History of the School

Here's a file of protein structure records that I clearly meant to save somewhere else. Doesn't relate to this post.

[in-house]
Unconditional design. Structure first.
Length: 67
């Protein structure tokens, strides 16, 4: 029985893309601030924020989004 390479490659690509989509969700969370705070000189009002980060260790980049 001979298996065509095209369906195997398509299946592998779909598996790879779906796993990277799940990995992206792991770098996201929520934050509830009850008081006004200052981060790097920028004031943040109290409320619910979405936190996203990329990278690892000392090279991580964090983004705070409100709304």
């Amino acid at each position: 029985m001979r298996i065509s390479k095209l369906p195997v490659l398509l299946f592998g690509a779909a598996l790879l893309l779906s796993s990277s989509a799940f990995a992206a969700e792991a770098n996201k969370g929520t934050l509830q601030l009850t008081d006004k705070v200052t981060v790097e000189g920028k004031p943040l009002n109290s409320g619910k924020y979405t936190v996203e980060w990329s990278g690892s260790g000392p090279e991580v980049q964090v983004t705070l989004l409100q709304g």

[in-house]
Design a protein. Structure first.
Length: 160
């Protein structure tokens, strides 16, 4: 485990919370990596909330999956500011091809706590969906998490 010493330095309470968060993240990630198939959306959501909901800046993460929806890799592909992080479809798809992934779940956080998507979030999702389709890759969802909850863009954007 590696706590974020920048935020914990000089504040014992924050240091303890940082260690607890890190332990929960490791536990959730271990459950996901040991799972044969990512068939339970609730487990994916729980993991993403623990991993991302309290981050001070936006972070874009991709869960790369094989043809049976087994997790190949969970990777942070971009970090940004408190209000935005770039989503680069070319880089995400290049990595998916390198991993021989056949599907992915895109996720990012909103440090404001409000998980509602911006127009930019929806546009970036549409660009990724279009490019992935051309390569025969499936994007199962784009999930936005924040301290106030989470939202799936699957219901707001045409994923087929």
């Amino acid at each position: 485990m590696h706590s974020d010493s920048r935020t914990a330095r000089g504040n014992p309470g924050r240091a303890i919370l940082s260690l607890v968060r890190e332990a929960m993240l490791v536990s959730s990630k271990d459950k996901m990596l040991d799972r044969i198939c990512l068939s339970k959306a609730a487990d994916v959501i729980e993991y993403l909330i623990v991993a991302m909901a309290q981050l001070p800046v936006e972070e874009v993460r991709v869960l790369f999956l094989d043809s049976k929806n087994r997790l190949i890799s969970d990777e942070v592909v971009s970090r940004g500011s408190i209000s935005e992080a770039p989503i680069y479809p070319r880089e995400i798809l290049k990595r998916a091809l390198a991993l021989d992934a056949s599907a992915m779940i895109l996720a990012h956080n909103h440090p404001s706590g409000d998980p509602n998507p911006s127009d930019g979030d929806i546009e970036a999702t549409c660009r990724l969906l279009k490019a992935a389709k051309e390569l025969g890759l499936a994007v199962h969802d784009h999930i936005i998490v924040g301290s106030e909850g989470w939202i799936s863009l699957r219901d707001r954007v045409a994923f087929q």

The School of Architecture at McGill University was founded in 1896, when a chair in architecture was established in the Faculty of Applied Science (today, the Faculty of Engineering) by Sir William C. Macdonald. At that time, the program leading to the professional degree was four years and the School operated in the Macdonald Engineering Building under the leadership of its first Director, Stewart Henbest Capper. The School of Architecture is now one of eight units reporting to the Dean of the Faculty of Engineering. This includes six engineering departments - Chemical Engineering, Civil Engineering and Applied Mechanics, Electrical and Computer Engineering, Mechanical Engineering, Mining and Materials Engineering, and Bioengineering - and two Schools - the School of Urban Planning and the School of Architecture. Since 1987, the Schools of Architecture and Urban Planning have been housed in the Macdonald-Harrington Building, which was constructed to accommodate the Departments of Chemistry and Mining by architect Sir Andrew Taylor in 1896, and renovated for the two Schools by architects Ray Affleck and Arcop Associates. Through a generous gift, in 2017 the School of Architecture was renamed the Peter Guo-hua Fu School of Architecture. View a detailed history here:  PDF icon History by Norbert Schoenauer




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